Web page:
According to the new phylogenetic analysis of the family Typhlochactidae, scorpions currently living closer to the surface (under stones and in leaf litter) evolved independently on more than one occasion from ancestors adapted to life further below the surface (in caves).
Scorpions are predatory, venomous, nocturnal arachnids that are related to spiders, mites, and other arthropods. About 2,000 species are distributed throughout the world, but only 23 species found in ten different families are adapted to a permanent life in caves. These are the specialized troglobites.
(Photo Credit: V. Vignoli)
The family Typhlochactidae includes nine species of scorpions endemic to the karstic regions of eastern Mexico. All species in the family have adapted to the dark with features such as loss of eyes and reduced pigmentation. The family contains the most specialized troglobite scorpion, Sotanochactas elliotti, one of the world's smallest scorpions, Typhlochactas mitchelli, and the scorpion found at the greatest depth (nearly 1 km below the surface), Alacran tartarus.
Three of the species (including T. mitchelli) live closer to the surface and are more generalized morphologically than the other six, making this family an excellent model with which to test and falsify Cope's Law of the unspecialized (novel evolutionary traits tend to originate from a generalized member of an ancestral taxon) and Dollo's Law of evolutionary irreversibility (specialized evolutionary traits are unlikely to reverse).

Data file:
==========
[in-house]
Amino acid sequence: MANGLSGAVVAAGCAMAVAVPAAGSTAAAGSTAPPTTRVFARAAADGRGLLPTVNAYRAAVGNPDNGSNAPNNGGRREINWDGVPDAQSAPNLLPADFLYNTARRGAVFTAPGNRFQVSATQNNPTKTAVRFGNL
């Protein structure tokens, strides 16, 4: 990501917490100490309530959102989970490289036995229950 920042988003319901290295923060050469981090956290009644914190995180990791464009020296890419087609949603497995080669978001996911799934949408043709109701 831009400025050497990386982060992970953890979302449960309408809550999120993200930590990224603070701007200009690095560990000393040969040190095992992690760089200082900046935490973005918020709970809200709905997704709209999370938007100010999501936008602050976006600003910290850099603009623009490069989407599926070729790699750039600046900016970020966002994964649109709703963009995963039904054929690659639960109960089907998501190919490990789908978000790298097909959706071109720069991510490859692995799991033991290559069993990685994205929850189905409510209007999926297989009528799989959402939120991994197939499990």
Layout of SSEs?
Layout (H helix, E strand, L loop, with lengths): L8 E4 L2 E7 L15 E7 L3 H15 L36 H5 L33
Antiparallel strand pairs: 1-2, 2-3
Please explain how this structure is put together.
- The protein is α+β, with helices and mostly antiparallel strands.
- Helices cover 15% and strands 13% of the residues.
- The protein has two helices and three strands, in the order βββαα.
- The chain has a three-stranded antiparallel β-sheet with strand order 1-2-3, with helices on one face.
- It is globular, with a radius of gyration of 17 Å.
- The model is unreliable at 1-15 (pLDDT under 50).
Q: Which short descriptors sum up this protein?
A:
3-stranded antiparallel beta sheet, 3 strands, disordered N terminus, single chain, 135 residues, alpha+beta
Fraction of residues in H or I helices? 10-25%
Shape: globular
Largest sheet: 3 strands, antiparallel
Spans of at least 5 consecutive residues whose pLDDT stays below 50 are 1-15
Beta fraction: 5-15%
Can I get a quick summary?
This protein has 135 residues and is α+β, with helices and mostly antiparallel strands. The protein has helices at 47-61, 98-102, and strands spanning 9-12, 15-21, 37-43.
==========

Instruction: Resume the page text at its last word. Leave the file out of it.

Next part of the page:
For the current research, scientists gathered data for 195 morphological characteristics, including a detailed mapping of the positions of all trichobothria (sensory setae) on the pedipalps, among the species of Typhlochactidae. The resulting phylogenetic tree shows that adaptation to life in caves has reversed among this group of scorpions: two of the less specialized, surface-living species, T. mitchelli and T. sylvestris, share a common ancestor with a much more cave-adapted species, and a similar pattern was found for the third less specialized, surface-living species, T. sissomi.
"Scorpions have been around for 450 million years, and their biology is obviously flexible," says Prendini. "This unique group of eyeless Mexican scorpions may have started re-colonizing niches closer to the surface from the deep caves of Mexico after their surface-living ancestors were wiped out by the nearby Chicxuluxb impact along with non-avian dinosaurs, ammonites, and other species."
Citation: Lorenzo Prendini, Oscar F. Francke, Valerio Vignoli, 'Troglomorphism, trichobothriotaxy and typhlochactid phylogeny (Scorpiones, Chactoidea): more evidence that troglobitism is not an evolutionary dead-end', Cladistics, March 2010, 26(2), 117 - 142; doi:10.1111/j.1096-0031.2009.00277.x